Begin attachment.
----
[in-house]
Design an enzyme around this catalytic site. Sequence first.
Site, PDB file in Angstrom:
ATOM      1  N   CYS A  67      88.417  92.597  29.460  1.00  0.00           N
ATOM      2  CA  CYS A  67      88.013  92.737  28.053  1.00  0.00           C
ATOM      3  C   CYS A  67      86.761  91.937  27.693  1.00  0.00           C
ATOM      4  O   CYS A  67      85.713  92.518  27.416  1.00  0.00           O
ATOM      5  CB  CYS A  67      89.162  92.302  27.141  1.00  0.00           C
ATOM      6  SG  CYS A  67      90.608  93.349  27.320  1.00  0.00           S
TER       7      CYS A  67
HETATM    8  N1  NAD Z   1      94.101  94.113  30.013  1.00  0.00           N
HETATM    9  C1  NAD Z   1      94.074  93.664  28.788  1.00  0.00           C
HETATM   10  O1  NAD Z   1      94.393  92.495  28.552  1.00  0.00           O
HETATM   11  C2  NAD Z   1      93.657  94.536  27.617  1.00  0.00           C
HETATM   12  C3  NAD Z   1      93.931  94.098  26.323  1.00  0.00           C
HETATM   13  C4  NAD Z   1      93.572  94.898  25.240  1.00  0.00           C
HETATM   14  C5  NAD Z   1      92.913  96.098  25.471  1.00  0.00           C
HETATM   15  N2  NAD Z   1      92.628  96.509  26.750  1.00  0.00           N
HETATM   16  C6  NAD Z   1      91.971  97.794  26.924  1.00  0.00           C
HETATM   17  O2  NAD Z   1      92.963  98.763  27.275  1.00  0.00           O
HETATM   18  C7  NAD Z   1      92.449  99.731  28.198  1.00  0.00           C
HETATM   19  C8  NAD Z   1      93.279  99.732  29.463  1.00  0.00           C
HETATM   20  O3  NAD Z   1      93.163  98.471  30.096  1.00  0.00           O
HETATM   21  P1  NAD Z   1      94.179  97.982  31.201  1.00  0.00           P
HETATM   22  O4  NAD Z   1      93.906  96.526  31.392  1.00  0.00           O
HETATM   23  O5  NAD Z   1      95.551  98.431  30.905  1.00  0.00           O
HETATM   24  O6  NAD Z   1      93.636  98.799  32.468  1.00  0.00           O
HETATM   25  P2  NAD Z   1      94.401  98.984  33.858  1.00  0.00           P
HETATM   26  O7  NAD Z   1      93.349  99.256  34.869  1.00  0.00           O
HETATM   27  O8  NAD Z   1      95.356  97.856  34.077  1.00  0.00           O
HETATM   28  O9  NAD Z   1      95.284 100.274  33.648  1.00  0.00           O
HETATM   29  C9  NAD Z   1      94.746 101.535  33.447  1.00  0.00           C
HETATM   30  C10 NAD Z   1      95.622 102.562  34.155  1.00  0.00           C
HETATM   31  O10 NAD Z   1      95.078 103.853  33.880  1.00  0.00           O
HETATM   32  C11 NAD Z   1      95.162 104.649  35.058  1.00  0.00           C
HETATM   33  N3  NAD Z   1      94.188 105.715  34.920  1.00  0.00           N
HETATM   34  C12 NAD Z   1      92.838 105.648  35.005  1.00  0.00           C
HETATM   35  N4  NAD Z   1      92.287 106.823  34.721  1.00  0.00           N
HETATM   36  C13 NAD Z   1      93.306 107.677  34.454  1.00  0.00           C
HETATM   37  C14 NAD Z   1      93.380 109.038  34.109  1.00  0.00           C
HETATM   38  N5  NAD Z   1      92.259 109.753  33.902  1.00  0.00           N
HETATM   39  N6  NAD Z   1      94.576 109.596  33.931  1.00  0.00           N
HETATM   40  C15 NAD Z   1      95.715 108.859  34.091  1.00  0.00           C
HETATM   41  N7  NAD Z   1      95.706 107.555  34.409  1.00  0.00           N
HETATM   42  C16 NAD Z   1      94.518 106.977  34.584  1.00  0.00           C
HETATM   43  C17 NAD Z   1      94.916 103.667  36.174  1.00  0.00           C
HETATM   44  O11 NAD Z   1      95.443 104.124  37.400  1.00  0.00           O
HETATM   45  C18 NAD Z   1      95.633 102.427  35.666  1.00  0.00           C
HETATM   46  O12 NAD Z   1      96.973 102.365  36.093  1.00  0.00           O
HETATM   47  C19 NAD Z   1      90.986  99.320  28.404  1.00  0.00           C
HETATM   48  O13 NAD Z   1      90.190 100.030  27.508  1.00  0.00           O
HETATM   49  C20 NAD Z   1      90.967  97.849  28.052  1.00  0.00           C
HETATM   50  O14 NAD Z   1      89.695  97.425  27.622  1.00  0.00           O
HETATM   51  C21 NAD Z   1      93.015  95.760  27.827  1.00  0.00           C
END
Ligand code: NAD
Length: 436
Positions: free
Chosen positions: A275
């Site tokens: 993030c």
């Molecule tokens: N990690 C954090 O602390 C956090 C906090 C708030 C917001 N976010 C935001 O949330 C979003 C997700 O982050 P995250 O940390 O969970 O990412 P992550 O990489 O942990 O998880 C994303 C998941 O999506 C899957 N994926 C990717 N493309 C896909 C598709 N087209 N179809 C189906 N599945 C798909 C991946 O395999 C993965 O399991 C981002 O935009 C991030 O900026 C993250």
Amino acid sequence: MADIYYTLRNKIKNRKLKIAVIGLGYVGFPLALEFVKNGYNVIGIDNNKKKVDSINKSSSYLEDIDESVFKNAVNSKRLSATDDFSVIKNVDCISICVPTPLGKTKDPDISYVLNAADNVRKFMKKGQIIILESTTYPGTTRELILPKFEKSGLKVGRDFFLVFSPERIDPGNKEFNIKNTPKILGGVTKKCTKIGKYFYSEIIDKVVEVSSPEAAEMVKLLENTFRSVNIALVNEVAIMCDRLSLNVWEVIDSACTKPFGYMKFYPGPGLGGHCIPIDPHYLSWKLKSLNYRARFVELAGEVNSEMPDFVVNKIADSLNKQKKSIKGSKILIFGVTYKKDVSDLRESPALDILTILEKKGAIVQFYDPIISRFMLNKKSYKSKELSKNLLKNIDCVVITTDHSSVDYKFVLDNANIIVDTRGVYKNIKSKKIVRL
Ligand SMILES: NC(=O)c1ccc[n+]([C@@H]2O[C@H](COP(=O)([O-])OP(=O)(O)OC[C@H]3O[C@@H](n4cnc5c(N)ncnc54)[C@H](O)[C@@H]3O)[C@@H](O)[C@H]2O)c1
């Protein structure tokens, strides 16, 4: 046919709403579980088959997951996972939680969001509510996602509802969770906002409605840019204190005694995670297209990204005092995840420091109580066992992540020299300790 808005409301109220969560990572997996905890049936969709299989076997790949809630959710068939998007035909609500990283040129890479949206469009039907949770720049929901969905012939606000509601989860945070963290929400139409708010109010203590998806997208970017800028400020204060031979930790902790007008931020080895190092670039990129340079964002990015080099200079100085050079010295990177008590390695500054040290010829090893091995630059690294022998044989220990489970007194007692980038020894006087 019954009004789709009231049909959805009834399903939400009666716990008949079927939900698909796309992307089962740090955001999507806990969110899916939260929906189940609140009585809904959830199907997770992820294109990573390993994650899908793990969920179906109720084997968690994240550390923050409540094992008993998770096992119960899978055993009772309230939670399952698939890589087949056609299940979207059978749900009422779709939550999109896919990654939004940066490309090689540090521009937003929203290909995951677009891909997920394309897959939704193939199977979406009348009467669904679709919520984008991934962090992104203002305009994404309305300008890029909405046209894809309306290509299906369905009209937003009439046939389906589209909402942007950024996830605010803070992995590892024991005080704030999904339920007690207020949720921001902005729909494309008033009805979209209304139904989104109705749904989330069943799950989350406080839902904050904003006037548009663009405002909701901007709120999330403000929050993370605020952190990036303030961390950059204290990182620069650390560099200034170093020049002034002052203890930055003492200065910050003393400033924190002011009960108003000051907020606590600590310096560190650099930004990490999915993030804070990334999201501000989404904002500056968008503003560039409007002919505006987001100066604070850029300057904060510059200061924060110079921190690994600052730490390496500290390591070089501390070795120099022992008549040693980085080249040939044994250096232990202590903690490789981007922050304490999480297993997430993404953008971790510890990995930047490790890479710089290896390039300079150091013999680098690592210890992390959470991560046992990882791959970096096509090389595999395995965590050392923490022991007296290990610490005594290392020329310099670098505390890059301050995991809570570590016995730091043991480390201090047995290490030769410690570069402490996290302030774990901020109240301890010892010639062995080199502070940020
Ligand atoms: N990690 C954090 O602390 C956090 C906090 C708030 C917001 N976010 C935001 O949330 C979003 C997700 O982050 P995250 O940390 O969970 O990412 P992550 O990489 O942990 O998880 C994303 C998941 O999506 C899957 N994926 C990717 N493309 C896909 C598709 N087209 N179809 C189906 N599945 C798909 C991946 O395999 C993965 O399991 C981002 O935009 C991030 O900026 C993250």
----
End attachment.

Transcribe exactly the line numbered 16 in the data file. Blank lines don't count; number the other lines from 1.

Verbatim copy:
HETATM   13  C4  NAD Z   1      93.572  94.898  25.240  1.00  0.00           C